Daily Archives: December 13, 2006

How I Know It’s The Holidays

I know it’s the holidays because at the moment Book of the Dumb has a higher Amazon ranking at the moment than my other books. This happens every year; for most of the year the book does hardly any business at all, and then comes the holidays and suddenly everyone’s looking for a relatively inexpensive gift for hard-to-buy-for Uncle Fred. Book of the Dumb to the rescue! Then December 26th will roll around and it’ll be back to the book-selling equivalent of the Oort cloud for another year. It’s interesting being a seasonal flavor.

What’s really interesting about it is that it sells enough units in its one-month selling season that it’s still my biggest-selling book, although there’s a good chance Old Man’s War may finally overtake it in the next year. We’ll have to see. It amuses me to have it be my best-seller, though. I’m sure it says something about me and/or the American public, but in eaither case I’m not entirely sure I want to know what.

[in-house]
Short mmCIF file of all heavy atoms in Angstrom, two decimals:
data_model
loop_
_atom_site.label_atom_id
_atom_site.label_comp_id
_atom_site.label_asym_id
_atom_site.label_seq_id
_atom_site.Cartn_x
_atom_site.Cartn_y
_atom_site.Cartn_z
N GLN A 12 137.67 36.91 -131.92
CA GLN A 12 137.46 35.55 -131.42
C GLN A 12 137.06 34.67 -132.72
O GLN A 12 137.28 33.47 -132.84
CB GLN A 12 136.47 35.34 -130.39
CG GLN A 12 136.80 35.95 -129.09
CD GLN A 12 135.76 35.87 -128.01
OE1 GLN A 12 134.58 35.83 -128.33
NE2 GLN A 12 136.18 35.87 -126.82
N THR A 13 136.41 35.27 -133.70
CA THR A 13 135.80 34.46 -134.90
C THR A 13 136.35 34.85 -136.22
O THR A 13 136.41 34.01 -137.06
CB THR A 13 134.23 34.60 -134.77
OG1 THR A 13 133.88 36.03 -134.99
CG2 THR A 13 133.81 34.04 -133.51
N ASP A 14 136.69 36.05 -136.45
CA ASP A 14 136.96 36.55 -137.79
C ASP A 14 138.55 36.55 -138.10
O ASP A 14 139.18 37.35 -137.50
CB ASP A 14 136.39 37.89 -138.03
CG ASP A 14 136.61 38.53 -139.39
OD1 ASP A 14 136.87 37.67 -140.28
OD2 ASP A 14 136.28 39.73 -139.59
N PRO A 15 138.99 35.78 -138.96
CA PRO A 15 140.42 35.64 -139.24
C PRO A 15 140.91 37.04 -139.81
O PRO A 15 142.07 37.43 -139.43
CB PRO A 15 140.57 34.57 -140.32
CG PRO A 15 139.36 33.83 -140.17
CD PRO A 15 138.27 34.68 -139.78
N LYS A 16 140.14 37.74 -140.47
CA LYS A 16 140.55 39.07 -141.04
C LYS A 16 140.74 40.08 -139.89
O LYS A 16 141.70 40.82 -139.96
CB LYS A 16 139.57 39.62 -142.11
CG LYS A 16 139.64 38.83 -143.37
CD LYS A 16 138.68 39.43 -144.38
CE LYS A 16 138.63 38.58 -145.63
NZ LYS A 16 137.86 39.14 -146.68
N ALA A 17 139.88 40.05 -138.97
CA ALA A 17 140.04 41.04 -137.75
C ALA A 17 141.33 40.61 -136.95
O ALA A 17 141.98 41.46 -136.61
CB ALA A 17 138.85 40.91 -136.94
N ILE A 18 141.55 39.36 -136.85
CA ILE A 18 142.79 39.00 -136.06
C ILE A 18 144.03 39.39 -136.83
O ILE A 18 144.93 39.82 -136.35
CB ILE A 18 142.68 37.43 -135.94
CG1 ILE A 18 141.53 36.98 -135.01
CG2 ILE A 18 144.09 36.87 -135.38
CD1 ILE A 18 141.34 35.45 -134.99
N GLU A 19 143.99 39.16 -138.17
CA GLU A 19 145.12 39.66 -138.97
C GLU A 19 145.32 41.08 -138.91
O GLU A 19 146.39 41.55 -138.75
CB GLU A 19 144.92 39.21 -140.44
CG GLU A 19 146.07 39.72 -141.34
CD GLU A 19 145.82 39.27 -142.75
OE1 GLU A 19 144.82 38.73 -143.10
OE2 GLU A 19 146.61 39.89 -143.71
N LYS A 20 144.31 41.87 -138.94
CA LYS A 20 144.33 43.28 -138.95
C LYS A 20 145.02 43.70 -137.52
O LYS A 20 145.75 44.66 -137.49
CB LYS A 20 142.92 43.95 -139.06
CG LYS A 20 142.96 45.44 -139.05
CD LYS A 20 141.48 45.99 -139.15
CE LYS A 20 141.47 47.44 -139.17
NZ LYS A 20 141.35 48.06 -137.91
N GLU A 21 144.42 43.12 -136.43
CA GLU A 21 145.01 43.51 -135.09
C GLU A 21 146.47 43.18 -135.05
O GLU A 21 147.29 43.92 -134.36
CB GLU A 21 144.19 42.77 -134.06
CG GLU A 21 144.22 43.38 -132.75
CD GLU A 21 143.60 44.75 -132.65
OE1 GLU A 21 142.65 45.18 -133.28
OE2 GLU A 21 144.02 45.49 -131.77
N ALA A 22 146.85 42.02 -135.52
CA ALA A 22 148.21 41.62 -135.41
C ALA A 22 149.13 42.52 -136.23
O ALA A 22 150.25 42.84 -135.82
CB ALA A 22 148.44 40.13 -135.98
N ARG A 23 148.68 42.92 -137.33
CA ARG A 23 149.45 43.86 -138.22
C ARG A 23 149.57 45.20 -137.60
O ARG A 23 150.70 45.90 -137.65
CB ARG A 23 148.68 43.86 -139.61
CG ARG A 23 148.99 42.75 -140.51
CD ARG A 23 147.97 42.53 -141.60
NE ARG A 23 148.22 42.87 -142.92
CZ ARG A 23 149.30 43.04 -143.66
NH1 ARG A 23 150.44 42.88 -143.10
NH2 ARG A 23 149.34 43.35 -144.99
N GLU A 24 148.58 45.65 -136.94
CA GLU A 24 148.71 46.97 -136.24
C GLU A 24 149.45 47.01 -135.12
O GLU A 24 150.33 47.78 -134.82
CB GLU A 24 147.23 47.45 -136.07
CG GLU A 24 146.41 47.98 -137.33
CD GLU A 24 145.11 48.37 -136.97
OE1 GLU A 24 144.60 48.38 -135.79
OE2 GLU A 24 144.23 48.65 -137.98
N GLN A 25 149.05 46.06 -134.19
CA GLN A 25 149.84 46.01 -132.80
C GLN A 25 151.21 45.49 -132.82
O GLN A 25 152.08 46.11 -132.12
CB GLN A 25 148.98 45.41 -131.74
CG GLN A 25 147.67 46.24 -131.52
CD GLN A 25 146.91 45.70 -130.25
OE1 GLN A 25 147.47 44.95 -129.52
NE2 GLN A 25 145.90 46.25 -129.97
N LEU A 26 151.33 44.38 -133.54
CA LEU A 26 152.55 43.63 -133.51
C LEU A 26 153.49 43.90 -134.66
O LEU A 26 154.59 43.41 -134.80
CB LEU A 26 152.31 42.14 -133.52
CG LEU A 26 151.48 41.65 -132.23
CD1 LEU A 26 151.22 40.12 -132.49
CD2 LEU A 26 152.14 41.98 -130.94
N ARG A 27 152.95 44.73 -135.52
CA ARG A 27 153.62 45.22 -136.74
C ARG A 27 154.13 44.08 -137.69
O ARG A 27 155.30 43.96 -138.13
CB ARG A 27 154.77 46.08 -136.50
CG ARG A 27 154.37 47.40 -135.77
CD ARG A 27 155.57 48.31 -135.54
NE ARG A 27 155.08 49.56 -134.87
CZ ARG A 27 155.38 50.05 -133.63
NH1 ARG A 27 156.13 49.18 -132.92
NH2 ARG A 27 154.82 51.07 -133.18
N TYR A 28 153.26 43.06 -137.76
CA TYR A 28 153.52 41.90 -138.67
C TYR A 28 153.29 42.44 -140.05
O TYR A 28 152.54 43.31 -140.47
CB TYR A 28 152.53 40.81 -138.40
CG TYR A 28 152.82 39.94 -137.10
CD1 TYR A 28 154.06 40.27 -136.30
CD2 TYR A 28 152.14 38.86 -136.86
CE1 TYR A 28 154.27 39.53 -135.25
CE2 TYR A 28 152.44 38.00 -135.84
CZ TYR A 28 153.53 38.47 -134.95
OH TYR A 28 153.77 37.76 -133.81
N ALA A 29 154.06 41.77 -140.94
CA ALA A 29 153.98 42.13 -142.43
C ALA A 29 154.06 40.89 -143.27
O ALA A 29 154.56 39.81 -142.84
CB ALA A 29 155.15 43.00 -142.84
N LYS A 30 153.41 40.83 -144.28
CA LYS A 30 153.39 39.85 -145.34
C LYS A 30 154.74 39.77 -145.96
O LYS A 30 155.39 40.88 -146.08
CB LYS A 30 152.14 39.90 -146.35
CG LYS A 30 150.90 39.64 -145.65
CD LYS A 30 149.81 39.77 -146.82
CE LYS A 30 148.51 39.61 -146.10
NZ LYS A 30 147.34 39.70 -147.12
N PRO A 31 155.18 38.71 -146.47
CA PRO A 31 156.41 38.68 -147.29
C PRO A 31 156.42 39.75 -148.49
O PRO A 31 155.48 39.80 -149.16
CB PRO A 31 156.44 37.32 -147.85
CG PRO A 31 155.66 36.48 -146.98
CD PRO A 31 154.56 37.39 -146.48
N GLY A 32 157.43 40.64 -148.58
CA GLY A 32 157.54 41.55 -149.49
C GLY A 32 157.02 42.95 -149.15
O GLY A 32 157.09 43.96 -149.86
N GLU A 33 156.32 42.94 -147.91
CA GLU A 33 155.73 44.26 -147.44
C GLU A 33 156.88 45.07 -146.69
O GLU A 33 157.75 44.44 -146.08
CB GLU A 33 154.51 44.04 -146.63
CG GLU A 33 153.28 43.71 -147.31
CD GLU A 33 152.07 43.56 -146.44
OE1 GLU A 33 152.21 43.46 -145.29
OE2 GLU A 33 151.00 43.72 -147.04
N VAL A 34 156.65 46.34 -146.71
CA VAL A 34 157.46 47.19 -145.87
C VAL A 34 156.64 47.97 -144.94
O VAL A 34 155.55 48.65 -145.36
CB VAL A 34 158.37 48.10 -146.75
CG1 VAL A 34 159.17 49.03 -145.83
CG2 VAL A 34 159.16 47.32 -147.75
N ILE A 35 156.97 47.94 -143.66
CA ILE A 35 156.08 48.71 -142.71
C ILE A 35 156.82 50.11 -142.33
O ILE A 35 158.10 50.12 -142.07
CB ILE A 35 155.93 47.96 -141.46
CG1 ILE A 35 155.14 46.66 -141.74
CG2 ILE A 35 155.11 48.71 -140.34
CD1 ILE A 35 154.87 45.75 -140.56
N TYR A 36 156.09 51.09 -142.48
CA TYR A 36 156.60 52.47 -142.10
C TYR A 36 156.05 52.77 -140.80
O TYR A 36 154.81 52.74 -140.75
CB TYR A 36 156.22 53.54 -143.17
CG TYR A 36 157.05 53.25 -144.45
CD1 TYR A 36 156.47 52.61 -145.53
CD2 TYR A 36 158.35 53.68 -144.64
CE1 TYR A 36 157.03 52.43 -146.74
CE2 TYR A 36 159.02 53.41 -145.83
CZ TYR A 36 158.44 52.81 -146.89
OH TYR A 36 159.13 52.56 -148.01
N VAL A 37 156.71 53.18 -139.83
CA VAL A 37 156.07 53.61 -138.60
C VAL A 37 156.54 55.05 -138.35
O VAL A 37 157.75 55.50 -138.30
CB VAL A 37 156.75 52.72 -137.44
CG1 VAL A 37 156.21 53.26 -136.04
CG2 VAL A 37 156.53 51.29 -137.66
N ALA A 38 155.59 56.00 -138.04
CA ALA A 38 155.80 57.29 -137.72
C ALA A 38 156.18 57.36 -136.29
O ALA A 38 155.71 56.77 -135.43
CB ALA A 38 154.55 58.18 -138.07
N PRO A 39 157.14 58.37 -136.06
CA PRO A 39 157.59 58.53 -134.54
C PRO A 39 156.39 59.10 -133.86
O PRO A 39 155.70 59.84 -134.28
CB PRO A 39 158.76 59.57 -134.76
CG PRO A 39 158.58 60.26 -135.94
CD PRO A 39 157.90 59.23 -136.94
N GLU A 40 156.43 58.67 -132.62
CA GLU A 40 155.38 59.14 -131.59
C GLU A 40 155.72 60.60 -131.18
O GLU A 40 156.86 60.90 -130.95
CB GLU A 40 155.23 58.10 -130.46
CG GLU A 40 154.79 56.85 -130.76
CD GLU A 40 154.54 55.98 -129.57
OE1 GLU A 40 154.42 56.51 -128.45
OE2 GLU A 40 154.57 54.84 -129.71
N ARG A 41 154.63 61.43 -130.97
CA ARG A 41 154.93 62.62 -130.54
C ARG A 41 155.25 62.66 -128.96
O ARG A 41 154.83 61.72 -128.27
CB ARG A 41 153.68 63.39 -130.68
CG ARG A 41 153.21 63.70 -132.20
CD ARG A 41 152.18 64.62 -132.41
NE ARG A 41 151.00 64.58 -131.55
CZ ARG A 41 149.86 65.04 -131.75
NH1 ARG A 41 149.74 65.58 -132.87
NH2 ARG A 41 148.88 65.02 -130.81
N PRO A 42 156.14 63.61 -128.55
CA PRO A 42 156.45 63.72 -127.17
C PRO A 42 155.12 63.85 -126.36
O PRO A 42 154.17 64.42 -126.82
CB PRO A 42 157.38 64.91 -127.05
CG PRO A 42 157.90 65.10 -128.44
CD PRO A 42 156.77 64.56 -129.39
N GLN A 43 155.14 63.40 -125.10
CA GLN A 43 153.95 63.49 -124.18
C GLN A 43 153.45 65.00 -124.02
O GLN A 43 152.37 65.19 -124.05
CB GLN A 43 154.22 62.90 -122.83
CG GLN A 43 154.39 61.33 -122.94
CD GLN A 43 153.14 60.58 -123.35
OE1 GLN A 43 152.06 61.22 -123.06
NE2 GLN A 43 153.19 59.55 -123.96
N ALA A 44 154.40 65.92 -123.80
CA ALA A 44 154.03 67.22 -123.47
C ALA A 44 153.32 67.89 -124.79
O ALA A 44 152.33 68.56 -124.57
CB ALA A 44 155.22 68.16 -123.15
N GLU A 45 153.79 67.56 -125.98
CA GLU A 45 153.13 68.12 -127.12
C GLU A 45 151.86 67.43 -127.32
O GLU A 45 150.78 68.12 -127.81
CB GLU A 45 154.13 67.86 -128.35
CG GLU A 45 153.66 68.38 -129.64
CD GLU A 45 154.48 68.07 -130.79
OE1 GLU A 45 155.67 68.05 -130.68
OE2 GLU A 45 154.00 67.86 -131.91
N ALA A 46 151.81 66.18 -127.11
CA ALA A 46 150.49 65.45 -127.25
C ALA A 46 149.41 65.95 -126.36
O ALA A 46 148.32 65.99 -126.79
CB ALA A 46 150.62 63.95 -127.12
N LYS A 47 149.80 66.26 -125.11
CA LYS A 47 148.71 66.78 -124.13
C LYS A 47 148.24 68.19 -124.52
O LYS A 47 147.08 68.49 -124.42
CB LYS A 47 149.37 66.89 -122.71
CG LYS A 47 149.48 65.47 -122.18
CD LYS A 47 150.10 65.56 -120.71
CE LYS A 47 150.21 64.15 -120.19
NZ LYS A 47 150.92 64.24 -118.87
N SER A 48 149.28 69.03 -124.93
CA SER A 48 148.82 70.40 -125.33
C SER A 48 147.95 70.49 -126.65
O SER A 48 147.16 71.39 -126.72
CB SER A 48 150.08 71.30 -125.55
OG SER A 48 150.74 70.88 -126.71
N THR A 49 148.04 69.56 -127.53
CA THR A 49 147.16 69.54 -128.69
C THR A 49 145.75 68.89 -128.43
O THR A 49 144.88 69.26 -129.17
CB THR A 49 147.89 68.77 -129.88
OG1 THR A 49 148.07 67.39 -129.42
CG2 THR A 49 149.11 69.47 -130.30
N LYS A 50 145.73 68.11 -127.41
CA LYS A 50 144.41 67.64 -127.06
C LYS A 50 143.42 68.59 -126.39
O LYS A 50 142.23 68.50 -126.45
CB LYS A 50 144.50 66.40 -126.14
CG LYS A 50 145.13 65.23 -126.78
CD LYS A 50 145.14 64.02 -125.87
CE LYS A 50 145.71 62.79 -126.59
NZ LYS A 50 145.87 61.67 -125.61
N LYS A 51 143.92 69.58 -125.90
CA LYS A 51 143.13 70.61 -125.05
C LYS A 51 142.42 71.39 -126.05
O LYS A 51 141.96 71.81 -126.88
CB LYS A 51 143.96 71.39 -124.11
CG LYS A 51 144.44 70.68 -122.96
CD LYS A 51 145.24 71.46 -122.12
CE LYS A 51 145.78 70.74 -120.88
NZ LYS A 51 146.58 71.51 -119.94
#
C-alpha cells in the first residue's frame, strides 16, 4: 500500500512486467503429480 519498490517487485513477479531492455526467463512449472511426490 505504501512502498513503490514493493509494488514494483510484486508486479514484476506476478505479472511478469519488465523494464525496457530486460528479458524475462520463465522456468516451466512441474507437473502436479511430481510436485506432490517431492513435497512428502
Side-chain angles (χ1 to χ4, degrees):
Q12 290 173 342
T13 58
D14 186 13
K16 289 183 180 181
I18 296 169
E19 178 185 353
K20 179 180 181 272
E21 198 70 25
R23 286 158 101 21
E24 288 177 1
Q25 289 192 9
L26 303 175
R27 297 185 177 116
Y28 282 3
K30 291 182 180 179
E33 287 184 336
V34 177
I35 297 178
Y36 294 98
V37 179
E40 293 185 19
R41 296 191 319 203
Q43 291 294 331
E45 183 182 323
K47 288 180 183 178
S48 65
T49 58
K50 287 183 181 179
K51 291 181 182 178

OMW & TGB Collector’s Editions

A brief announcement that will be of interest to you folks what like collecting: Subterranean Press and Tor have reached a tentative agreement for Subterranean to produce limited hardcover editions of Old Man’s War and The Ghost Brigades in 2007. These editions will include cover art and illustrations by Bob Eggleton, and will be pretty small runs: 400 of the Limited Signed Edition and 15 Lettered Signed Editions. As I understand it, they’ll go for $60 and $200, respectively.

For those of you who have signed up for the Limited Edition of The Sagan Diary, Subterranean will be offering a deal wherein you can reserve the same copy number of OMW & TGB — So, if you get #65 of The Sagan Diary, you can get #65 of OMW and TGB as well, so later, when I have my horrible and tragic death involving Paris Hilton, a jar of maraschino cherries and a can of WD-40, you can sell the whole matching set on eBay for ridiculous sums of cash. See? It pays off to be a collector after all.